Yes, the same man that dyed his hair shoe-polish black earlier this season finds a way to free Bates from his self-imposed Fugitive sentence. (Where were these two back when Bates was wrongly accused of murder the first time around?) While the rest of the house wrings their hands over the criminal drama-prone character—who foolishly confessed to a murder he did not commit to free Anna, and then ran away Dr. Richard Kimble-style—Molesley finds a photo of Bates and then recruits Baxter to travel to each and every pub in York until he finds a witness who can confirm Bates’s alibi. And it is a good thing too: I don’t know that any of us were as invested in this plot retread to purchase “Free Bates” T-shirts this time around. The episode ends with Bates sneaking into Downton Abbey on Christmas Eve and surprising Anna, which is nice for them. But of all the characters on the series, these two need a plot makeover most. Maybe next Christmas.

Julie Miller is a Hollywood writer for Vanity Fair‘s website.

Christmas Tree Napkin Fold

.This is really cute and very easy to do!

Bring some extra cheer to your holiday table by folding the napkins into Christmas trees.

www.instructables.com/id/Christmas-Tree-Napkin-Fold/

 

Christmas Memories and Collections

 

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Whatever it is that you collect and get out of storage from the attic or the basement every year is undoubtedly something that means a lot to you and to your family. It is such a great feeling to see my Santa collection every year-it is like seeing old friends again. Of course putting the ornaments on the tree every year is also such a highlight-remembering where each one came from and reliving the memories. Christmas is such a magical time-enjoy it!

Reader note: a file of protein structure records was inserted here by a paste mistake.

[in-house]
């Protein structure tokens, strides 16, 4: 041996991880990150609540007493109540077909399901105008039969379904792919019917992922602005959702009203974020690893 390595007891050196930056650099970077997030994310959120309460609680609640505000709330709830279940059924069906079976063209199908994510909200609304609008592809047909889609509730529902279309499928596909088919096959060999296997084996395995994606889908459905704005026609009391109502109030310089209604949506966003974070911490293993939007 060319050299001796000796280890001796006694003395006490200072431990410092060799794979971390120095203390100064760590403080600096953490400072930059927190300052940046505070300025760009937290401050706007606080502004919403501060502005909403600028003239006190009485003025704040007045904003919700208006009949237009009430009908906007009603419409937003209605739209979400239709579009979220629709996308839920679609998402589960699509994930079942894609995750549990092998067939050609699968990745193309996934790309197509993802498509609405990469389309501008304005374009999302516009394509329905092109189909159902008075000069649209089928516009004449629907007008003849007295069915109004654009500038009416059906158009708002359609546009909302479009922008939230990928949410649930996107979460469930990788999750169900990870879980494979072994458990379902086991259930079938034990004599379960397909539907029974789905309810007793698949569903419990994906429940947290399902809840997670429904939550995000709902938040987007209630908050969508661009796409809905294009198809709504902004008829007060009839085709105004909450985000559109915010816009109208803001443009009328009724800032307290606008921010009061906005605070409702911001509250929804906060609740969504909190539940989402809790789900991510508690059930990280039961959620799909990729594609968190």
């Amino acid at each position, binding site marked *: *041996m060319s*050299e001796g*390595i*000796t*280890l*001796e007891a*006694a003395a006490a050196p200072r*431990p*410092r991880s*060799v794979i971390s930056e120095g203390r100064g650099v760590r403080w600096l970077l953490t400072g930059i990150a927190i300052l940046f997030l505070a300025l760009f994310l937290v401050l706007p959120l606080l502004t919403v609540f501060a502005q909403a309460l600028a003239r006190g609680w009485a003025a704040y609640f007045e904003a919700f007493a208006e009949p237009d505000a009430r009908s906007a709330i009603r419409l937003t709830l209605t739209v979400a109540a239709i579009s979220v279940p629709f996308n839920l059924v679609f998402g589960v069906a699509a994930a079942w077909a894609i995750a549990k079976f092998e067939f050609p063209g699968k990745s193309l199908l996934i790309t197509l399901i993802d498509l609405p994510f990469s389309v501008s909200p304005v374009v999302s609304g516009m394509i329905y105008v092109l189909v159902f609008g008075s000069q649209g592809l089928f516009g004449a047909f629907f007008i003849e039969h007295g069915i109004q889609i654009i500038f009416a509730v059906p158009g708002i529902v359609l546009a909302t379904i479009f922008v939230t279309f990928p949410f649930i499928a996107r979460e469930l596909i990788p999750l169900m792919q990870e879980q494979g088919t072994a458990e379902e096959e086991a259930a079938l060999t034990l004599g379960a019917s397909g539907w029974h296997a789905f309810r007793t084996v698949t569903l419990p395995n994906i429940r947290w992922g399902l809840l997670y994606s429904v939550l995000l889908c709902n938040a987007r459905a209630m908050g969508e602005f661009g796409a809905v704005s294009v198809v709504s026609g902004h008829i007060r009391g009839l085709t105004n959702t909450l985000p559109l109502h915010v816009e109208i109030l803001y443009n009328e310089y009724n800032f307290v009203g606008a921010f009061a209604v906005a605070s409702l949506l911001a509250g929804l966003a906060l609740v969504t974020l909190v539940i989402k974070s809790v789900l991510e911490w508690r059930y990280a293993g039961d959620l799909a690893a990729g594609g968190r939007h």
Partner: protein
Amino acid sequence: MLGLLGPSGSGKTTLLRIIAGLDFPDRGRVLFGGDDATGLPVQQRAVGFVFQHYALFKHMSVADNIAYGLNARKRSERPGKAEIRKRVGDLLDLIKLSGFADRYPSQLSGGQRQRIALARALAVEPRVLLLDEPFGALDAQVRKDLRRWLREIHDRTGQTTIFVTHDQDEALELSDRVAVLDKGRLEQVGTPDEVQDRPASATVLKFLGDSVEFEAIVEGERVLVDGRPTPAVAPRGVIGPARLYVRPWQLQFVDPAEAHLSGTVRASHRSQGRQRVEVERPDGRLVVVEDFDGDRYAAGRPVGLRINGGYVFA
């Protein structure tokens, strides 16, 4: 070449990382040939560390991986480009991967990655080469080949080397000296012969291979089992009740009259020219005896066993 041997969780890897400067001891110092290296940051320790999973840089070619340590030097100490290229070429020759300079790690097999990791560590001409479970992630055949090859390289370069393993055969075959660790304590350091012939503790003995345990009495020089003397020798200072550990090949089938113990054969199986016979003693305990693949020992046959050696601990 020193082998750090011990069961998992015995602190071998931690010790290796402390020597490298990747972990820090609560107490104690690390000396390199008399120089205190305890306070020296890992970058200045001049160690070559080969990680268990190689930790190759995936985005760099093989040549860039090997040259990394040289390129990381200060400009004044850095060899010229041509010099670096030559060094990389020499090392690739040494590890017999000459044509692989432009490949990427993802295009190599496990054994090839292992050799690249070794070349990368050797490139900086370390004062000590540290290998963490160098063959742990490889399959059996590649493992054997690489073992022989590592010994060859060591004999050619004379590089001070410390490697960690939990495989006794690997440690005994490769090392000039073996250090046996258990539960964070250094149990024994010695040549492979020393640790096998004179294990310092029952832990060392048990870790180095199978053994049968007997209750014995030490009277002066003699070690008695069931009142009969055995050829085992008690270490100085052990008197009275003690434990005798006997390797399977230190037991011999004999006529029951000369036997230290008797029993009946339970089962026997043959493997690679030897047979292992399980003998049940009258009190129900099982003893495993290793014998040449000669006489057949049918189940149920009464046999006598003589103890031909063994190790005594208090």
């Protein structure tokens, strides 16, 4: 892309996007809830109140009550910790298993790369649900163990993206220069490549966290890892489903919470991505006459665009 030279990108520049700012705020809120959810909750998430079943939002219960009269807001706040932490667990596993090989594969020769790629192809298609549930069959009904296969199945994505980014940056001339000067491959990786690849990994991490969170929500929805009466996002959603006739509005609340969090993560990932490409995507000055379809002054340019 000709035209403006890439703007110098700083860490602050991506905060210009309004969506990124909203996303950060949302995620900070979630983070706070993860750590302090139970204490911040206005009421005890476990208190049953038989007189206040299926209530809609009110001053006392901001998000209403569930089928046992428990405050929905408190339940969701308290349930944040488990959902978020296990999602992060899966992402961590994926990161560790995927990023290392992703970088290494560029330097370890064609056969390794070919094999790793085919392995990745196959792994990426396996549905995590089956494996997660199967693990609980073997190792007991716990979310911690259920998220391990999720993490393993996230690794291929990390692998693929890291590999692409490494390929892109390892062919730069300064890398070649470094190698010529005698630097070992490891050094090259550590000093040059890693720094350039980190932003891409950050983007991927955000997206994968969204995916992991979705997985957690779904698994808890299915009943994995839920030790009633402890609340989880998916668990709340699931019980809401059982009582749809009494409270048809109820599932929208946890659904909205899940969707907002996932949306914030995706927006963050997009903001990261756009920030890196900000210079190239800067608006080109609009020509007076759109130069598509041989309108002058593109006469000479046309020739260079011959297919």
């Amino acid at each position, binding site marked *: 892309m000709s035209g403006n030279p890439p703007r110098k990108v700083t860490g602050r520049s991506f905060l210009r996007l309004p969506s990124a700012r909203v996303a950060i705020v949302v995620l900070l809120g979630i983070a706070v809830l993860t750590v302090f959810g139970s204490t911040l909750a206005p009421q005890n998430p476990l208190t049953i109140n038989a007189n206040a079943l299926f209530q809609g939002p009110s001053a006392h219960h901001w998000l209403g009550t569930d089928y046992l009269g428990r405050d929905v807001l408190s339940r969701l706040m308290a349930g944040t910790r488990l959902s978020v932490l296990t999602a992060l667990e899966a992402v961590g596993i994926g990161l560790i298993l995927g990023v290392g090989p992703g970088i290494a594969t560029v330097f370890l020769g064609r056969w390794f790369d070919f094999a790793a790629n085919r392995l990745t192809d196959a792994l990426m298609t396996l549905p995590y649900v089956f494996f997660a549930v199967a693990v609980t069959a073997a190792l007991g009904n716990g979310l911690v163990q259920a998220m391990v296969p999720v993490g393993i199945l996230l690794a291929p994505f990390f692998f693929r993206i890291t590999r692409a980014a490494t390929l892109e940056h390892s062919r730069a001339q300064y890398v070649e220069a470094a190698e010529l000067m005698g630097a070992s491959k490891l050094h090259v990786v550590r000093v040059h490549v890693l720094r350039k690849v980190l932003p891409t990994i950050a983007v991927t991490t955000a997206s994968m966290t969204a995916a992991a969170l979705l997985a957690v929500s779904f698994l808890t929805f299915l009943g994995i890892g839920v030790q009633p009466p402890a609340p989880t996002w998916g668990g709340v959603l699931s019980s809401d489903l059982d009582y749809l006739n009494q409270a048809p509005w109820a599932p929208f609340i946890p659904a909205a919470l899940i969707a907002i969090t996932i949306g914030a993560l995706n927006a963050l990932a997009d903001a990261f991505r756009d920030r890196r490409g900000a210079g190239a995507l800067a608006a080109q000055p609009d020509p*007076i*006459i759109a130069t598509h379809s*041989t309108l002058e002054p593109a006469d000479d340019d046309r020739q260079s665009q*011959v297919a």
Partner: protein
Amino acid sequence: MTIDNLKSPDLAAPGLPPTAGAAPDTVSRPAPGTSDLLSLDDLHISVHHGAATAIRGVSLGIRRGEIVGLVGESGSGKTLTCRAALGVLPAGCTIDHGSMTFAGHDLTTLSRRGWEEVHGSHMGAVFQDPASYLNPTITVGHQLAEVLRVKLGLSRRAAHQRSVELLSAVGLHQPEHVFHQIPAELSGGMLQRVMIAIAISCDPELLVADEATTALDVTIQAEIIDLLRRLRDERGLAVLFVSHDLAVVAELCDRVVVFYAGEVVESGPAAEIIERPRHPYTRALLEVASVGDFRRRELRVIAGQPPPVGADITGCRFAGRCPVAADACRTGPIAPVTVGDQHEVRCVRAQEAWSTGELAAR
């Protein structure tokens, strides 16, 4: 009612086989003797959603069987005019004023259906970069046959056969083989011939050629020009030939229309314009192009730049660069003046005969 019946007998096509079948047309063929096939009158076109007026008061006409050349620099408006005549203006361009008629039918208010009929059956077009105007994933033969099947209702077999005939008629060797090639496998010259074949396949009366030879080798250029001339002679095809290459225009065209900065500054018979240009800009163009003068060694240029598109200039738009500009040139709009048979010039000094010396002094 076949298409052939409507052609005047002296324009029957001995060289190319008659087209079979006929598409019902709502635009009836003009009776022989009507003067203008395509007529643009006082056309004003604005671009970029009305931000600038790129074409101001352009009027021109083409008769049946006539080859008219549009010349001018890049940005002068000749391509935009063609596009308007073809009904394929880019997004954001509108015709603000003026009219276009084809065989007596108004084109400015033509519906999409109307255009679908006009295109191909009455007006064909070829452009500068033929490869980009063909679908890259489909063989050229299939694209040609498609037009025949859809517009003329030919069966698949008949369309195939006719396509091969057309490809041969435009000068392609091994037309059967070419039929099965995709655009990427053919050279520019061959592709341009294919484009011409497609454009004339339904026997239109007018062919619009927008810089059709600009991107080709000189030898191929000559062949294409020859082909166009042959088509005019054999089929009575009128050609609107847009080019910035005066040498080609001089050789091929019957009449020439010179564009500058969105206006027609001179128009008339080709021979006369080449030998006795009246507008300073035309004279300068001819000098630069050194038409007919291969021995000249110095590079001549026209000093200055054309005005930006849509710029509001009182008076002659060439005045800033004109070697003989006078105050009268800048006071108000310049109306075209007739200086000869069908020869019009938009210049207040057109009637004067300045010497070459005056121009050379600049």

PS  thanks to friends for many of the pictures!

Have Yourself A Messy Little Christmas!

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 This is from my nephew who has three children aged 12-8 years old. I just thought I should share it after yesterday’s blog about Christmas Creativity! It gave me a real chuckle:
“You should tour our house – the theme is “Childhood Christmas Mess.”  I particularly enjoy the way the rumpled clothes and towels on the floor make the shape of a Christmas tree.  The stairsare decorated with last week’s homework, a tie, and a shirt top. Down in the basement we have vestiges of last week’s movie night.  Perhaps I can pick up the left-over popcorn and make a nice string for the tree.The dishes in the sink remind me of the tinkling of Christmas bells as I scrub 3-day-old dinner off them and they clang together.Ahh, we could rival anyone’s house with a little imagination.”

Concord Museum’s Holiday House Tour

HolidayDoor21aWhat a fantastic event-despite the  heavy rains, the houses were absolutely spectacular-the bar has been raised again. Here are some of the things I thought were particularly creative(although obviously I loved everything in the tour!)